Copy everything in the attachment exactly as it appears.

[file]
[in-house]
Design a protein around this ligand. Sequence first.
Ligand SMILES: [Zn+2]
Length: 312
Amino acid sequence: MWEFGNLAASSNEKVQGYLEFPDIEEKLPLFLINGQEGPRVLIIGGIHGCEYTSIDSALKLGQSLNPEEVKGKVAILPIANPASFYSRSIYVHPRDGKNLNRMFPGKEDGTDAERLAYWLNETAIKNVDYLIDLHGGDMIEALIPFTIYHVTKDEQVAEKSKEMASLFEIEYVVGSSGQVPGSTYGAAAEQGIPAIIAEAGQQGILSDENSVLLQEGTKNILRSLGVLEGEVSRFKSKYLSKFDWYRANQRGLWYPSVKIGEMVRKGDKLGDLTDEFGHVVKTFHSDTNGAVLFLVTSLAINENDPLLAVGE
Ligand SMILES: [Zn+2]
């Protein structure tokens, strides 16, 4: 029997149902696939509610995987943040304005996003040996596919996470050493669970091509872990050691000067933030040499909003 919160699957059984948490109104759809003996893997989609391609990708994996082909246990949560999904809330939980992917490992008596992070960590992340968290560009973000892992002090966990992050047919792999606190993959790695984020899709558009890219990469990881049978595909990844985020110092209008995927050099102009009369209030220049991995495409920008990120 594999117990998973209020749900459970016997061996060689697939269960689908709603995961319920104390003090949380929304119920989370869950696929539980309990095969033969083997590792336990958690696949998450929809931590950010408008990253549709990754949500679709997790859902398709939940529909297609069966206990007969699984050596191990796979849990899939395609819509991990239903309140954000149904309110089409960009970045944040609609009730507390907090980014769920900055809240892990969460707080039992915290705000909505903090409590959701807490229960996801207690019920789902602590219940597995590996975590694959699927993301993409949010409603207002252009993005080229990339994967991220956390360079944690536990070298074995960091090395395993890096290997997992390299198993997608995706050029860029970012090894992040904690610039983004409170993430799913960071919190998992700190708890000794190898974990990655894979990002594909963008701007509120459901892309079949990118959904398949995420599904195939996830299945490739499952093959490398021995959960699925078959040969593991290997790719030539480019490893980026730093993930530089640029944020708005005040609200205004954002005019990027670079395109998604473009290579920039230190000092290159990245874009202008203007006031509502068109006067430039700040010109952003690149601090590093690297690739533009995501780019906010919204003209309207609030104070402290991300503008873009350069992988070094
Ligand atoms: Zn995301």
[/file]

[in-house]
Design a protein around this ligand. Sequence first.
Ligand SMILES: [Zn+2]
Length: 312
Amino acid sequence: MWEFGNLAASSNEKVQGYLEFPDIEEKLPLFLINGQEGPRVLIIGGIHGCEYTSIDSALKLGQSLNPEEVKGKVAILPIANPASFYSRSIYVHPRDGKNLNRMFPGKEDGTDAERLAYWLNETAIKNVDYLIDLHGGDMIEALIPFTIYHVTKDEQVAEKSKEMASLFEIEYVVGSSGQVPGSTYGAAAEQGIPAIIAEAGQQGILSDENSVLLQEGTKNILRSLGVLEGEVSRFKSKYLSKFDWYRANQRGLWYPSVKIGEMVRKGDKLGDLTDEFGHVVKTFHSDTNGAVLFLVTSLAINENDPLLAVGE
Ligand SMILES: [Zn+2]
């Protein structure tokens, strides 16, 4: 029997149902696939509610995987943040304005996003040996596919996470050493669970091509872990050691000067933030040499909003 919160699957059984948490109104759809003996893997989609391609990708994996082909246990949560999904809330939980992917490992008596992070960590992340968290560009973000892992002090966990992050047919792999606190993959790695984020899709558009890219990469990881049978595909990844985020110092209008995927050099102009009369209030220049991995495409920008990120 594999117990998973209020749900459970016997061996060689697939269960689908709603995961319920104390003090949380929304119920989370869950696929539980309990095969033969083997590792336990958690696949998450929809931590950010408008990253549709990754949500679709997790859902398709939940529909297609069966206990007969699984050596191990796979849990899939395609819509991990239903309140954000149904309110089409960009970045944040609609009730507390907090980014769920900055809240892990969460707080039992915290705000909505903090409590959701807490229960996801207690019920789902602590219940597995590996975590694959699927993301993409949010409603207002252009993005080229990339994967991220956390360079944690536990070298074995960091090395395993890096290997997992390299198993997608995706050029860029970012090894992040904690610039983004409170993430799913960071919190998992700190708890000794190898974990990655894979990002594909963008701007509120459901892309079949990118959904398949995420599904195939996830299945490739499952093959490398021995959960699925078959040969593991290997790719030539480019490893980026730093993930530089640029944020708005005040609200205004954002005019990027670079395109998604473009290579920039230190000092290159990245874009202008203007006031509502068109006067430039700040010109952003690149601090590093690297690739533009995501780019906010919204003209309207609030104070402290991300503008873009350069992988070094
Ligand atoms: Zn995301």